- Mar 13, 2007
- Reaction score
WASHINGTON (AP) -- President Bush, moving toward a constitutional showdown with Congress, asserted executive privilege Thursday and rejected lawmakers' demands for documents that could shed light on the firings of federal prosecutors.
Bush's attorney told Congress the White House would not turn over subpoenaed documents for former presidential counsel Harriet Miers and former political director Sara Taylor. Congressional panels want the documents for their investigations of Attorney General Alberto Gonzales' stewardship of the Justice Department, including complaints of undue political influence.
The Democratic chairmen of the two committees seeking the documents accused Bush of stonewalling and disdain for the law, and said they would press forward with enforcing the subpoenas.
''With respect, it is with much regret that we are forced down this unfortunate path which we sought to avoid by finding grounds for mutual accommodation,'' White House counsel Fred Fielding said in a letter to the chairmen of the Senate and House Judiciary Committees. ''We had hoped this matter could conclude with your committees receiving information in lieu of having to invoke executive privilege. Instead, we are at this conclusion.''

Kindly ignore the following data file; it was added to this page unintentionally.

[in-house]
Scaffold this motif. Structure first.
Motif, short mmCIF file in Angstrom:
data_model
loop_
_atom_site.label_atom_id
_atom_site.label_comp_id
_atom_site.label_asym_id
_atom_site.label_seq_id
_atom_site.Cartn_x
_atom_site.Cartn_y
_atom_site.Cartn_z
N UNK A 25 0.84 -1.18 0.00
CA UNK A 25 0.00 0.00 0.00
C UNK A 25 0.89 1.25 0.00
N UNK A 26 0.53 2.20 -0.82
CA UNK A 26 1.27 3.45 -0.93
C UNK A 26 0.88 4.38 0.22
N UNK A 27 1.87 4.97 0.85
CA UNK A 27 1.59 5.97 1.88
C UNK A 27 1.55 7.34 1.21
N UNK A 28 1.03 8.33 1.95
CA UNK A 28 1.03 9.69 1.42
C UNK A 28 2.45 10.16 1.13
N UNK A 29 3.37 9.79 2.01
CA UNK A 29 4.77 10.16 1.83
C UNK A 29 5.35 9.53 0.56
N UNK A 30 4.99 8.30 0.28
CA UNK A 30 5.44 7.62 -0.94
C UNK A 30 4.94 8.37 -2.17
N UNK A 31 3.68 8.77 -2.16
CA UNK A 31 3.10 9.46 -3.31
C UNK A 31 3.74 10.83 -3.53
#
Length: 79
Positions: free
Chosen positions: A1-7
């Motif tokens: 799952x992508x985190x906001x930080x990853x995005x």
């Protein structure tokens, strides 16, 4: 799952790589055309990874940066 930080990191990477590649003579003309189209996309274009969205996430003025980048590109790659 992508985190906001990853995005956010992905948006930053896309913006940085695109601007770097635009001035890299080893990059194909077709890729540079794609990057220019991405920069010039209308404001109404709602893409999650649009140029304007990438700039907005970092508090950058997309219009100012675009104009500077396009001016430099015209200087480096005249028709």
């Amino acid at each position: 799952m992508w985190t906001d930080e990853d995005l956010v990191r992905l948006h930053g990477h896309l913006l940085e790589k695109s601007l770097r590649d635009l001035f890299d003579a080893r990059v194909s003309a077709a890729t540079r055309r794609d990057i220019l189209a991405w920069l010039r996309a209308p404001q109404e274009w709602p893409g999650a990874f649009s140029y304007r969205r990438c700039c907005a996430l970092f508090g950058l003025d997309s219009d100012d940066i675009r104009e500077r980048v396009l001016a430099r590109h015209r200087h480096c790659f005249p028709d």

Thursday was the deadline for surrendering the documents. The White House also made clear that Miers and Taylor would not testify next month, as directed by the subpoenas, which were issued June 13. The stalemate could end up with House and Senate contempt citations and a battle in federal court over separation of powers.